Full Movie Reviews
Yojimbo - wrote on 05/22/2012
A lone traveller through the post-apocalyptic wastelands of the United States is pursued by the ruler of a ramshackle society who believes a book he carries is the key to expanding his empire. The Book Of Eli is basically a western done in the style of The Road. It contains the usual mix of desolate wastelands populated by Mad Max wannabes shot through high contrast filters, punctuated with occasional bursts of violence to keep the multiplex audiences in their seats in good time for the Hughes brothers to deliver their aimless sermon about the meaning of the word of God. Or something. Eli's book is a slightly clunky metaphor for organised religion and the idea of a malevolent ruler intending to use it to control the population for his own nefarious purposes is actually quite an …
MovieAddict - wrote on 01/26/2012
In this post apocalyptic film, the world has become a lawless civilization where people must kill or be killed. The barren roads belong to gangs of cutthroats who rob and slay for water, a pair of shoes, a lighter, or just for fun. Washington plays a lone warrior named Eli, who travels with a backpack, a big knife, and a really good gun. Eli is charged with delivering his copy of a book, the very last remaining King James Version of the Bible, to a safe location on the West Coast of the United States. He stumbles into a lawless ghost town run by the villainous Carnegie (Gary Oldman) who is looking for a certain book. Yes fans, the very Book that Eli carries! Not because he's of a religious bent and wants to illuminate the minds of his minions with the glory of the Lord. He wants it …
MovieMike - wrote on 12/22/2011
‘The Book Of Eli’ (TBOE) is yet another entry into the post-apocalyptic genre that is closer to 2009’s ‘The Road’, than say ‘I Am Legend’, or ‘Terminator Salvation’. TBOE doesn’t utilize CGI to paint armies of super-human zombies, or highly functional killer robots – the real bad guys are simply the pathetic desperate survivors of some world cataclysm. The film is about as sparse and muted as the landscape that is the backdrop for this somber tale. Most scenes are totally devoid of any color. There are several action scenes, but they are far and few between and play out much like some of the choreographed stuff we’re used to seeing in films like ‘The Transporter’. While the spare scenery and lack of jazzy effects make TBOE seem like a more realistic type …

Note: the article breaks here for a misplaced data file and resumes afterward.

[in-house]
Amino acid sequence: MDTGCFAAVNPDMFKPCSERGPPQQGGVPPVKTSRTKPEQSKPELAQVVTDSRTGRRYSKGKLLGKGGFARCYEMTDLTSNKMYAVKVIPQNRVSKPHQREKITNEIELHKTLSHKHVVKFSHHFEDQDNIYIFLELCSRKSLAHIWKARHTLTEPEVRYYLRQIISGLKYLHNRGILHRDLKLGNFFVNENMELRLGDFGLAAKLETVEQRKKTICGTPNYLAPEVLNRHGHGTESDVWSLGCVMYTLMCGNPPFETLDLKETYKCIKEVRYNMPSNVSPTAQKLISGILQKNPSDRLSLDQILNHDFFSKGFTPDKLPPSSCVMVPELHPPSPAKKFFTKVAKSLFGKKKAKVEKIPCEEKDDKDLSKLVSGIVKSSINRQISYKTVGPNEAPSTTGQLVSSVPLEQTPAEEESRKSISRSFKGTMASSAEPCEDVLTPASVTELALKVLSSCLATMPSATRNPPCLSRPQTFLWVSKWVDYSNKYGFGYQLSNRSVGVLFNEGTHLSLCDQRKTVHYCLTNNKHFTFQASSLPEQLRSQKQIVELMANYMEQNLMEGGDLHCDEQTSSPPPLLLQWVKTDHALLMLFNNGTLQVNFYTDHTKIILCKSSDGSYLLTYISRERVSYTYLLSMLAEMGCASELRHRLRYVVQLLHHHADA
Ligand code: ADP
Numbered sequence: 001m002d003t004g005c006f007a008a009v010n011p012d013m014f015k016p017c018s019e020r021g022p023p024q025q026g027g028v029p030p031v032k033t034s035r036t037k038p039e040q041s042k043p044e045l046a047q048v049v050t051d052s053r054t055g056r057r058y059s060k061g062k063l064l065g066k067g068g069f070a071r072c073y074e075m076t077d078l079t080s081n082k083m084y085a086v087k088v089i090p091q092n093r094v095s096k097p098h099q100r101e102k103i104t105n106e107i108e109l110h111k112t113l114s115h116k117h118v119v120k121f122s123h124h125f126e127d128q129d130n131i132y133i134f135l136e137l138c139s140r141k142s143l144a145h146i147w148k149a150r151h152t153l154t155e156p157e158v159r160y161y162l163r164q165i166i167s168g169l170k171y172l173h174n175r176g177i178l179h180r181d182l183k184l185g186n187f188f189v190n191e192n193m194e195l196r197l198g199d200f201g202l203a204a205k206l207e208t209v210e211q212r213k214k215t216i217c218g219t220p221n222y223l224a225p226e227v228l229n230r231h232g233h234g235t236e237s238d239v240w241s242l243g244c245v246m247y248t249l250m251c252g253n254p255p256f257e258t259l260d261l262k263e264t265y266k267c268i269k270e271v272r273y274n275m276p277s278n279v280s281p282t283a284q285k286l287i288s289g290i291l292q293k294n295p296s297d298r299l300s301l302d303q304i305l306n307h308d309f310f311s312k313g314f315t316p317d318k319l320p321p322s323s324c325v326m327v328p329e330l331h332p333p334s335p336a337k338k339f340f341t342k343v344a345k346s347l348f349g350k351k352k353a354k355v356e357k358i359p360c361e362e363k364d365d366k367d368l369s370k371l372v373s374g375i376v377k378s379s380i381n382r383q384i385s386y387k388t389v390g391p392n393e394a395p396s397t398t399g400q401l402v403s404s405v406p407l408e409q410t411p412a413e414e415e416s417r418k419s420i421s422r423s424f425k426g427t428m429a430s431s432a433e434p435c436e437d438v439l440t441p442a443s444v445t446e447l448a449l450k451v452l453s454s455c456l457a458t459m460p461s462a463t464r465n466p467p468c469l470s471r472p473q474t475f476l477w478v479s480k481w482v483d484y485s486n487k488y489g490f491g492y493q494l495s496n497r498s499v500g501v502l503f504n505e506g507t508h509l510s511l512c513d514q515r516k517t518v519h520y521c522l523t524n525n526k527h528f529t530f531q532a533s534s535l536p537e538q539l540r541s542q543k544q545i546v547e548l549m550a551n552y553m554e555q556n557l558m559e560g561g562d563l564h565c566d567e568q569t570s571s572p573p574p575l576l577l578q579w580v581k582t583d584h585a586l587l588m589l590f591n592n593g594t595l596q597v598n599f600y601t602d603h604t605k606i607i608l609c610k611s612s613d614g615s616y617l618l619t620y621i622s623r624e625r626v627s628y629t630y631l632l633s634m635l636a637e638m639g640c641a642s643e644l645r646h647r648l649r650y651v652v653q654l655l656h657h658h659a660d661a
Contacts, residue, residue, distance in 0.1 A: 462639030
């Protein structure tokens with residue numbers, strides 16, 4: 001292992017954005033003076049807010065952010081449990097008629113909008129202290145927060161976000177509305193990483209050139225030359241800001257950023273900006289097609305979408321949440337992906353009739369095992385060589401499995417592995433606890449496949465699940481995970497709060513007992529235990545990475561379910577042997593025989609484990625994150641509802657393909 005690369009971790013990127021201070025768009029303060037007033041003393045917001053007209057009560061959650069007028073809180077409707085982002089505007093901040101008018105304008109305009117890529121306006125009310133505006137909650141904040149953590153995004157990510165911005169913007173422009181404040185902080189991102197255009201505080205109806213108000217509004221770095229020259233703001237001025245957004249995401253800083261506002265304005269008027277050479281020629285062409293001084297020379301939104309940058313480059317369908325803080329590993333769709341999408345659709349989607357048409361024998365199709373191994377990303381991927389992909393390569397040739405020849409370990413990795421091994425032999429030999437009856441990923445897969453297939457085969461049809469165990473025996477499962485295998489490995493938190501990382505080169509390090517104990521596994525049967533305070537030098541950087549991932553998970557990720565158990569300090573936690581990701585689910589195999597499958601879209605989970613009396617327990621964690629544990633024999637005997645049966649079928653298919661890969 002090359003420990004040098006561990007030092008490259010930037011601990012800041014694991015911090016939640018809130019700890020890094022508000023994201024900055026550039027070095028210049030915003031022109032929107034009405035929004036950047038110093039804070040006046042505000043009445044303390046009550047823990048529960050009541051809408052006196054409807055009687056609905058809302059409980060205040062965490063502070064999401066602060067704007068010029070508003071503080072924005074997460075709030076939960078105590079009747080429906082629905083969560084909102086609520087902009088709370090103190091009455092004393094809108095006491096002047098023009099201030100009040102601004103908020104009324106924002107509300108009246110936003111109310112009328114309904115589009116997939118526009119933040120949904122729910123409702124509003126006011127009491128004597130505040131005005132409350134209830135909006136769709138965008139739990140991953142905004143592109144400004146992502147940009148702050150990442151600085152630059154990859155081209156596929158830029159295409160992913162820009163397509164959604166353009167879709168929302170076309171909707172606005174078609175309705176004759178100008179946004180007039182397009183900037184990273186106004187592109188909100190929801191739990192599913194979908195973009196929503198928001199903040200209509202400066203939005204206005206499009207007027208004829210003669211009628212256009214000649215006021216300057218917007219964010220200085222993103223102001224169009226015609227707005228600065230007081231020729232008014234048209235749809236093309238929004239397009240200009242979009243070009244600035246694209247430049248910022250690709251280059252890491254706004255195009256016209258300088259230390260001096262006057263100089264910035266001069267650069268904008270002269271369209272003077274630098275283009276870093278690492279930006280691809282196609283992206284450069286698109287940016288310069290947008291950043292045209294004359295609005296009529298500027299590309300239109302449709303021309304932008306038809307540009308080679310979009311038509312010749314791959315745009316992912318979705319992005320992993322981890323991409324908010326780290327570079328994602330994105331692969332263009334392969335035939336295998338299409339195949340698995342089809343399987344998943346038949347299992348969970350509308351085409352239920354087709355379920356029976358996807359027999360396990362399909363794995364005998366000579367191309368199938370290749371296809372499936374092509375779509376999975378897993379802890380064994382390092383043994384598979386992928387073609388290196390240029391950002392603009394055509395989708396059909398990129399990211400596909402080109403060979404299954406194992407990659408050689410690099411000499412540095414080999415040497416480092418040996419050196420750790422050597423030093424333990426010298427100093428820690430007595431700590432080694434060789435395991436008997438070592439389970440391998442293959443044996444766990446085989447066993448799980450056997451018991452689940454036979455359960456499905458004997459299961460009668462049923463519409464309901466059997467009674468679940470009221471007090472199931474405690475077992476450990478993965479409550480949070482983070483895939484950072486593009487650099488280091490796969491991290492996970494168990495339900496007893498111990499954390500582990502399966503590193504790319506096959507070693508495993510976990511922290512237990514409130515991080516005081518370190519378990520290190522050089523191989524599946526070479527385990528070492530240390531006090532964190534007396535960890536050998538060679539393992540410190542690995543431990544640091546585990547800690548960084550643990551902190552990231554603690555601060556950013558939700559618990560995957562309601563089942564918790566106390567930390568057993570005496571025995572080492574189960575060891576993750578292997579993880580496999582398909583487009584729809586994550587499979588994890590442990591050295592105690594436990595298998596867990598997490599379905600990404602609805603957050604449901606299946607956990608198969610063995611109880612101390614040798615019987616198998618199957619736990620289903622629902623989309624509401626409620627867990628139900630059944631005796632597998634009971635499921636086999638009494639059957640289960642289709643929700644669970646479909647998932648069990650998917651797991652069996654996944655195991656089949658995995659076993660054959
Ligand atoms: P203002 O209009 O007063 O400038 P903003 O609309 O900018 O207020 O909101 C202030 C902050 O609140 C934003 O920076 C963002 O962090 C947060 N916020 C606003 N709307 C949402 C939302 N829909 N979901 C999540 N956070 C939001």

mdtinney - wrote on 05/22/2010
Too often in today's action films, we as viewers are forced to witness a barrage of unnecessary excess. It almost seems as if some directors feel it is their duty to constantly bombard us with more, more, more—more blood, more action, more CGI, more machine gun-like imagery, etc. Add in the loud metal music and strobe-light effects and we might as well be at the club. This need for more has become such a focal point that many creators in this genre are forgetting the principle duty of film-making—to tell a story. This is what sets The Book of Eli apart. Although its post apocalyptic premise could have easily warranted much of the same nonsense that we have sadly become used to, this movie instead chooses to avoid all the fluff and focus on the more philosophical elements of the …
Alex - wrote on 01/17/2010
I was pleasantly surprised with this movie. It is a pretty awesome movie...especially if you like films with religious undertones.
The Book of Eli is kind of simple. It has a mixture of some of my favorite movies: Waterworld, Frailty, The Road and numerous other post apocalyptic movies. It is not cheese free, but it is actually pretty well done most of the movie.
There is one scene in particular, when Denzel and Mila enter into a home that is protected by an elderly couple. It is a truly well done scene. In other words, the cinematography is done really well. It might not be as good as "The Road" in terms of cinematography. But in terms of entertainment value, this one blows it away (though the potential in The Road was much higher).
Denzel pulls of a stunning job as a God …
Chris Kavan - wrote on 01/16/2010
I ask do you believe in a vengeful God or a peaceful God? Because Eli seems to subscribe to the latter, but isn't afraid to pull out a lot of wrath along the way. This post-apocalyptic mash-up mixes us some old-fashioned Mad Max, a bit of Sergio Leone and some righteous fury and you have the book of Eli.
The greatest strength of Eli is not the washed-out wasteland - if you've seen on post-apocalyptic America, you've seen them all, but rather in the characters. Denzel Washington plays Eli with a stoic graces. A loner who just wants to complete his task at hand, it's not his fault he keeps getting waylaid and caught up in power struggles. Good thing he's hands with a gun and a really sharp, large knife.
Then you have the always fun Gary Oldman. In full villain mode, he has a right …